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14 April 2014

With respect to this benchmarking exercise, the Urban Taskforce is of the view that the cost of local infrastructure plan preparation, management and administration should not be passed on to the development industry as an additional cost in the plan. Plan preparation and general administration of a local infrastructure plan should be considered part of councils’ core responsibilities.

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05 March 2014

The Urban Taskforce is supportive of the Benchmarking exercise being undertaken by theIndependent Pricing and Regulatory Tribunal. We believe that it is essential that clear benchmarks be established based on credible independent data. However, the benchmarking exercise must not be seen as the end point of an investigation into infrastructure funding. The benchmarks established must be tested in the real world and regularly reviewed.

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The Urban Taskforce's Property Person of the Year is  a major fund raising event for two charities- Warrah Homes & St Vincent's Prostate Cancer Research. The 2012 Property Person of the Year, Ross McDiven of Brookfield Multiplex went further than raising money and organised a Bathroom Blitz to restore many substandard bathrooms in Warrah’s accommodation buildings. Brookfield Multiplex organised free contributions from around 20 consultants and subcontractors who supplied free materials and fittings along with labour to transform the old bathrooms. Click here to view the flyer explaining what the Bathroom Blitz did and for a list of all those involved.

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05 March 2014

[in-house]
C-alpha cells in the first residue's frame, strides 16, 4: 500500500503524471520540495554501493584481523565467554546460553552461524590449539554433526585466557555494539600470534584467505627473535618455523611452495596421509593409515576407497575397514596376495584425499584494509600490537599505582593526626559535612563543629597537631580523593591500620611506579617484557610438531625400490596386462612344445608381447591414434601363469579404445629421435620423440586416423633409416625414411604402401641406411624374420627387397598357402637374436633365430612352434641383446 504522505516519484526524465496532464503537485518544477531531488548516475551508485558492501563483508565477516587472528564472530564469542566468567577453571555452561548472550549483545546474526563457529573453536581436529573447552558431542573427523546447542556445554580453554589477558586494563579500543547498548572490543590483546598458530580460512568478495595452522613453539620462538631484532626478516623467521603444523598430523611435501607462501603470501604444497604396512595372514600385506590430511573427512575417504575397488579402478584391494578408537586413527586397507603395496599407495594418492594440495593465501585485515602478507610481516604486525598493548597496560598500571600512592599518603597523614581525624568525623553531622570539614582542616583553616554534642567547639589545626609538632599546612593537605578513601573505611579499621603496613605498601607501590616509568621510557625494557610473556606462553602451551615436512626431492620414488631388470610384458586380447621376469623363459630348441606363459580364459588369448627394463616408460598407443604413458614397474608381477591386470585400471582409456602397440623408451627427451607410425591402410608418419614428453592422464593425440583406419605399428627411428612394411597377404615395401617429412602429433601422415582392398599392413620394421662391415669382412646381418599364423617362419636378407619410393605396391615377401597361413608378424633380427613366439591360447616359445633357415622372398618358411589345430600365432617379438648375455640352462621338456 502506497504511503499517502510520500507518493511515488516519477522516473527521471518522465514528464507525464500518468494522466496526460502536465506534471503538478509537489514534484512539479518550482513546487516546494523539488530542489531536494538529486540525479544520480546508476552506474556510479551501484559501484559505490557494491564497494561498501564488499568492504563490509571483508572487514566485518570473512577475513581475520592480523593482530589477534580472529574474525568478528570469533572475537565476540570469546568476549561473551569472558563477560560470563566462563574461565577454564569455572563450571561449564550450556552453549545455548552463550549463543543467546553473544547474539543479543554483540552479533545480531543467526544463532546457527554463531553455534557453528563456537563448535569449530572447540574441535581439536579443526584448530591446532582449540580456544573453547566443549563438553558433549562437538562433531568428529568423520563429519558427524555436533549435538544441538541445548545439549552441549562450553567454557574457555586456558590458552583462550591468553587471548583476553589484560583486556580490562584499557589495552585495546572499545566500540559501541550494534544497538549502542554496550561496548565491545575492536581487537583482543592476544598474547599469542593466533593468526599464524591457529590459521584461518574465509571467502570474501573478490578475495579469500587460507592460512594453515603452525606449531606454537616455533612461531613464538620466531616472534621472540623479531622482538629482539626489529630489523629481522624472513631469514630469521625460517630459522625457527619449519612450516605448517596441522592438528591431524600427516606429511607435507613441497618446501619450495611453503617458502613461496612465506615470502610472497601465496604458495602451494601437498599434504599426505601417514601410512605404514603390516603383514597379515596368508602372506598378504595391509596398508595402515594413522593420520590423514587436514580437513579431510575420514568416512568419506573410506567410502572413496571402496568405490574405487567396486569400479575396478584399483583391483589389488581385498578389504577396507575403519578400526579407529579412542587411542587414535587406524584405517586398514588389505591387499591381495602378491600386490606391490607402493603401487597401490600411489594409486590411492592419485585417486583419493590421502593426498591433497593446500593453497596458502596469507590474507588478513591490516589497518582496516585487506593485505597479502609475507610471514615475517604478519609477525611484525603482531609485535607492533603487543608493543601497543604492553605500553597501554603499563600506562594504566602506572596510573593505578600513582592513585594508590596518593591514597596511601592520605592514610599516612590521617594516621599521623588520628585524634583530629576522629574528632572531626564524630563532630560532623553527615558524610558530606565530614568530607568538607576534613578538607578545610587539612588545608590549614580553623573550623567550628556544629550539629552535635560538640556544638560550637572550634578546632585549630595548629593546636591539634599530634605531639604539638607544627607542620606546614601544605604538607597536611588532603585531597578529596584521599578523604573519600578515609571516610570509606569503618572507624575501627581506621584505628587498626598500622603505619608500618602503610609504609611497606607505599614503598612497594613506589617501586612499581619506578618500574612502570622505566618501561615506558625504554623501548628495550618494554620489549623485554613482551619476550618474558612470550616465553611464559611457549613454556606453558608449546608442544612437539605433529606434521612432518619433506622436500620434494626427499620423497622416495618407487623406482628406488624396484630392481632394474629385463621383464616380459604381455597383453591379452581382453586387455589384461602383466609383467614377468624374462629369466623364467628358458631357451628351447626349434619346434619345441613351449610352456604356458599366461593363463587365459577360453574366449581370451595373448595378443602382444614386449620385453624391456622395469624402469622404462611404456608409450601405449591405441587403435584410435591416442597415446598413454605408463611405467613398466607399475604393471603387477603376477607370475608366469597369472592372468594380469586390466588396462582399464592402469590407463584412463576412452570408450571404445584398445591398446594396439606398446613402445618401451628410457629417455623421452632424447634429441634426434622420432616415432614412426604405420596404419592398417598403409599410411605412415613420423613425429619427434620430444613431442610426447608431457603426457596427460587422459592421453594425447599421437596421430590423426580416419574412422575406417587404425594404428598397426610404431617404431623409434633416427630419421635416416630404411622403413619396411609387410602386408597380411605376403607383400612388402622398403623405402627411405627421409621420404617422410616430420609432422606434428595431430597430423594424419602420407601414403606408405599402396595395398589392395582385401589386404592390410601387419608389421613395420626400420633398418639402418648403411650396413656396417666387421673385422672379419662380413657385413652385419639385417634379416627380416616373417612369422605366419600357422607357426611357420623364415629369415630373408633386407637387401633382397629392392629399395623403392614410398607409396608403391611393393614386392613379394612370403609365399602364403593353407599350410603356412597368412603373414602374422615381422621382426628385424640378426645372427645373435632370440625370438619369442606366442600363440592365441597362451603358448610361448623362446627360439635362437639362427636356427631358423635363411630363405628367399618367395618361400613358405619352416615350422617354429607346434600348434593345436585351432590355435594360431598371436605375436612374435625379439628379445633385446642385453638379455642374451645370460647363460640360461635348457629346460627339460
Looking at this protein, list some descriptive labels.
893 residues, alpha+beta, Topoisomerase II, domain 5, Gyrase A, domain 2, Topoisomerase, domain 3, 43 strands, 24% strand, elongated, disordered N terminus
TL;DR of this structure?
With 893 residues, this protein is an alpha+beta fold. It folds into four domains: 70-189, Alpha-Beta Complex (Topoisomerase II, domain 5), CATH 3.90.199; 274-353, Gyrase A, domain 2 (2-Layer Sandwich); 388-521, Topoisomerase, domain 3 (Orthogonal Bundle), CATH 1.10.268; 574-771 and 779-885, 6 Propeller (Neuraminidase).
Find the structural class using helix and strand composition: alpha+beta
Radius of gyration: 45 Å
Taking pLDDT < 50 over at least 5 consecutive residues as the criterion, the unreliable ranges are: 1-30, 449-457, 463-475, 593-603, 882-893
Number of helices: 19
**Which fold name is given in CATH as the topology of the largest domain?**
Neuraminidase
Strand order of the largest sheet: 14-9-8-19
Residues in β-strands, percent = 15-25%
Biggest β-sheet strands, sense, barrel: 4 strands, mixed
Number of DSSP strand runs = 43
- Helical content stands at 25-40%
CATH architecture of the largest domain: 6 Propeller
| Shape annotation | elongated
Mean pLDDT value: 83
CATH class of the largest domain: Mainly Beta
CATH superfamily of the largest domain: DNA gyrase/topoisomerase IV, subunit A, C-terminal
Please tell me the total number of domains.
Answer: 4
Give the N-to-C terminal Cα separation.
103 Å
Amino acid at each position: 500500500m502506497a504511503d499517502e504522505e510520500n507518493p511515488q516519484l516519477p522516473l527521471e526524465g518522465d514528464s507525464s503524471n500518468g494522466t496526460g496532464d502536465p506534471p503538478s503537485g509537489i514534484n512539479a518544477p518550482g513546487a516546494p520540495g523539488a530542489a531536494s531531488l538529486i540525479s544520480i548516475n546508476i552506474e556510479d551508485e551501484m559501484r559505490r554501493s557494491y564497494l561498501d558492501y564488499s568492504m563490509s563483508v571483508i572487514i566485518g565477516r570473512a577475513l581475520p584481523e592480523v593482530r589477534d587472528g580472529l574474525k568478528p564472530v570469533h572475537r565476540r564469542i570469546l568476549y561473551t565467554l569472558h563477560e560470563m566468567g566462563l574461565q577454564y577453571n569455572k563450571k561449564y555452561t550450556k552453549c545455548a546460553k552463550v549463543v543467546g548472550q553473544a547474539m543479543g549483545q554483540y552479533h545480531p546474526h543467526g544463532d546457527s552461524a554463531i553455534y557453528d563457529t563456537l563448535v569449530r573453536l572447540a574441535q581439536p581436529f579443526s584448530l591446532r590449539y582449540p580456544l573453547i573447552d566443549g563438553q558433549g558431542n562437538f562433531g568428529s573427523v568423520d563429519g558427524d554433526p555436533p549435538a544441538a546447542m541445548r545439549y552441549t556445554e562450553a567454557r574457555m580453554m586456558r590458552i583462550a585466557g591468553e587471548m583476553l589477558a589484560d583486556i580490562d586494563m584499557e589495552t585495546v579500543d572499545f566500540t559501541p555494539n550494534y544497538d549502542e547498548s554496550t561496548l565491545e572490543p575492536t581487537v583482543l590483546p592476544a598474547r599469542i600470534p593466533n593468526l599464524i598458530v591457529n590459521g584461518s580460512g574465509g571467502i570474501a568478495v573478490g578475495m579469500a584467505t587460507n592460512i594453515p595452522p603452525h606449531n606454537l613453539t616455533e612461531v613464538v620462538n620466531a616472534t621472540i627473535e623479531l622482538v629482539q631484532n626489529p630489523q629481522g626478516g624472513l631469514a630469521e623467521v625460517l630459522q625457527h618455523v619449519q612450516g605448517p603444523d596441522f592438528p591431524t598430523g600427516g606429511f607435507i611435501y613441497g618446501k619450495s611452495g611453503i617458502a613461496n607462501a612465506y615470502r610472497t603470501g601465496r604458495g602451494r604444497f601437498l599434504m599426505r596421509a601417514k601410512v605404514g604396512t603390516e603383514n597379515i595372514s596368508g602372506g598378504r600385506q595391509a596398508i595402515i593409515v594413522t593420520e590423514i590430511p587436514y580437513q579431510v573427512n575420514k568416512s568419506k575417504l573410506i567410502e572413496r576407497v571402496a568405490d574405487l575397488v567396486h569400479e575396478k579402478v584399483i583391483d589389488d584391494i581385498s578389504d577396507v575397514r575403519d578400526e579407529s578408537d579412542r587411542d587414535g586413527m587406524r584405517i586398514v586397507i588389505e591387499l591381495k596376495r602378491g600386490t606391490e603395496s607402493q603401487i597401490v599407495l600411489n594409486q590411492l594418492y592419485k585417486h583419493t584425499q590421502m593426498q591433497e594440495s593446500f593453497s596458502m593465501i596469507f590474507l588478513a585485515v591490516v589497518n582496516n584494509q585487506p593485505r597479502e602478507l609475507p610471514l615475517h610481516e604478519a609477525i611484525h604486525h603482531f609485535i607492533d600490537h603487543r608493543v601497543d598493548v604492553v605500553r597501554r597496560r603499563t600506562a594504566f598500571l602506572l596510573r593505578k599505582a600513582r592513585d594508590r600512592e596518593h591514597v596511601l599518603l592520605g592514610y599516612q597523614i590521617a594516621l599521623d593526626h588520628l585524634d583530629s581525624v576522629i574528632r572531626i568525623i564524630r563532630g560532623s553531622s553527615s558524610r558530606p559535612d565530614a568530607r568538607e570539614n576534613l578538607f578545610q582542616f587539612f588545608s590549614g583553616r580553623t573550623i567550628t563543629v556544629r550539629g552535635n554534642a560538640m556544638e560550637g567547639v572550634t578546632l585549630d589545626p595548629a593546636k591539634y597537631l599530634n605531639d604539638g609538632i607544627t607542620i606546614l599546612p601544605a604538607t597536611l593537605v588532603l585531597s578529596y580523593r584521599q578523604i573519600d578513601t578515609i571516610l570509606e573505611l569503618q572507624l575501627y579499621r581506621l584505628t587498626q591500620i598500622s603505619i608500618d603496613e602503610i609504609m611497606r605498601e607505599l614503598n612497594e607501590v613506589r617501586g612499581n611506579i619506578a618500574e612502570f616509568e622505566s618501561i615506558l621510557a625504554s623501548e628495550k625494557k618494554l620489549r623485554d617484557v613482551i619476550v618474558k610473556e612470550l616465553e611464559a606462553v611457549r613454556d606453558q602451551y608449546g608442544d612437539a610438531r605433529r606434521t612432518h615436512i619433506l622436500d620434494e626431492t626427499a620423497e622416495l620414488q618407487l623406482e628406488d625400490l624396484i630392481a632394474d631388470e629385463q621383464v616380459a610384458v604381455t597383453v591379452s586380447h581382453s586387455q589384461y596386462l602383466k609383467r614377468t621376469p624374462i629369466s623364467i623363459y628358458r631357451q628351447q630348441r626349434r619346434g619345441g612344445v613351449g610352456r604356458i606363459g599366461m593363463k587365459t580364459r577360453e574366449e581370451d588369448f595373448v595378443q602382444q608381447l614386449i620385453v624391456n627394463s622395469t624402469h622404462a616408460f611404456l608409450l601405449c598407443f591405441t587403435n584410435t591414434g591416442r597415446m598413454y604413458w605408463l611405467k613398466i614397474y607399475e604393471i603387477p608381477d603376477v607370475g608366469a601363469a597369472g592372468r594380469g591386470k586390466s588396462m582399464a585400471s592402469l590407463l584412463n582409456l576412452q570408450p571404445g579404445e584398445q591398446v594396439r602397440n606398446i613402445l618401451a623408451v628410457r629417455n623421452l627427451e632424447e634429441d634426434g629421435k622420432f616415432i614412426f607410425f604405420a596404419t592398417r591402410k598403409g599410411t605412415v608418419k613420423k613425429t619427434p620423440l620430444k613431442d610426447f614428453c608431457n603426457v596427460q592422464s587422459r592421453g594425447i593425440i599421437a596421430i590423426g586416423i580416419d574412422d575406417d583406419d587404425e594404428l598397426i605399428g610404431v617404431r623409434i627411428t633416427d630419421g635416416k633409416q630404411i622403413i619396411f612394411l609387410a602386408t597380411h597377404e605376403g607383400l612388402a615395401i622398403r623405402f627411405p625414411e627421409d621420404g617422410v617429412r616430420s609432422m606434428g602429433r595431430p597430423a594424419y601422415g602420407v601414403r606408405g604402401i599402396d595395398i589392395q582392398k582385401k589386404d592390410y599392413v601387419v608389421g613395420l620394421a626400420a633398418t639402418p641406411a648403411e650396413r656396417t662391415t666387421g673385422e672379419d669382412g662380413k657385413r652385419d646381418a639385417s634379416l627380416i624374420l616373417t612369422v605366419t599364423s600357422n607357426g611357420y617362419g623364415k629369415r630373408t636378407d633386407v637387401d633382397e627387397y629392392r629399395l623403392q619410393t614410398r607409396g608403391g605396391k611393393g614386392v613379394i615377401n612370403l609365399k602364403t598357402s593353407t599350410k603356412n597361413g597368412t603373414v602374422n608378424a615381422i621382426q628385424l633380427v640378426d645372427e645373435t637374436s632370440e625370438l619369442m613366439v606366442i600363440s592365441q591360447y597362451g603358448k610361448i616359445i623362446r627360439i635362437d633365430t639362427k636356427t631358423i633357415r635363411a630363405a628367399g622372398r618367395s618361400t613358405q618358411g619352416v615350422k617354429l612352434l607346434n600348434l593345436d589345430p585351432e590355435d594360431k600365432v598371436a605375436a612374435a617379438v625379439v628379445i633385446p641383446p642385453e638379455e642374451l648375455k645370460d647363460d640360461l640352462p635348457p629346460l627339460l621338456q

While we accept that the Council has a delicate balancing act to perform, we believe that the draft Blue Mountains Local Environmental Plan 2013 ("the draft plan") tries to do more than it's intended purpose. That is, the draft plan includes many zone objectives, clauses and standards that are unnecessary, inappropriate for inclusion in a statutory plan or simply wrong, discriminatory and anticompetitive.


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14 February 2014


While supporting the general direction of the changes to BASIX we are concerned about timing relative to the current concerns with housing affordability.  We are aware that the NSW Government is looking at a number of regulatory changes to prescribed payments, bonds for defects and even levies to subsidise lower cost housing and that all of these could lift NSW housing costs by around 10%.  The Urban Taskforce argues that more stringent BASIX requirements which will increase the cost of new housing should not be introduced at this point in time.


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21 January 2014

We are dismayed to see the attacks leveled at the Planning Bill at the end of last year which will at best result in a compromised, watered down version of the Bill that bears little relationship to the White Paper reforms.

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19 December 2013

The Planning Bill has not yet cleared parliament and we argue that the

suggested amendments to the Bill will significantly reduce its effectiveness and cannot be supported by the Urban Taskforce in its current form. However, the Green and White Papers outline changes to the planning system that do not require the introduction of new legislation and we say that their proper implementation would achieve much for the development industry and delivery of urgently needed housing.

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11 November 2013

The Urban Taskforce appreciates the importance of Regional Growth Plans as a means of coordinating local governments to drive regional planning and infrastructure delivery. We have

reviewed the Illawarra discussion paper and our key issues for the Regional Growth Plan are the need to:

  • set clear minimum housing targets;
  • encourage land use flexibility; and,
  • identify an equitable means of funding infrastructure to support housing production.
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16th October 2013

We are very concerned with statements made by the Minister for Planning made via media release of 19 September 2013. The Minister announced significant changes to the reform package detailed in the White Paper including a lessening of the focus on Code Assessable development, maintaining the existing thirty five (35) land use zones, introducing changes to the existing, successful Complying Development system and allowing local variations to State based codes. We see these amendments as being a major watering down of necessary and urgently needed reforms.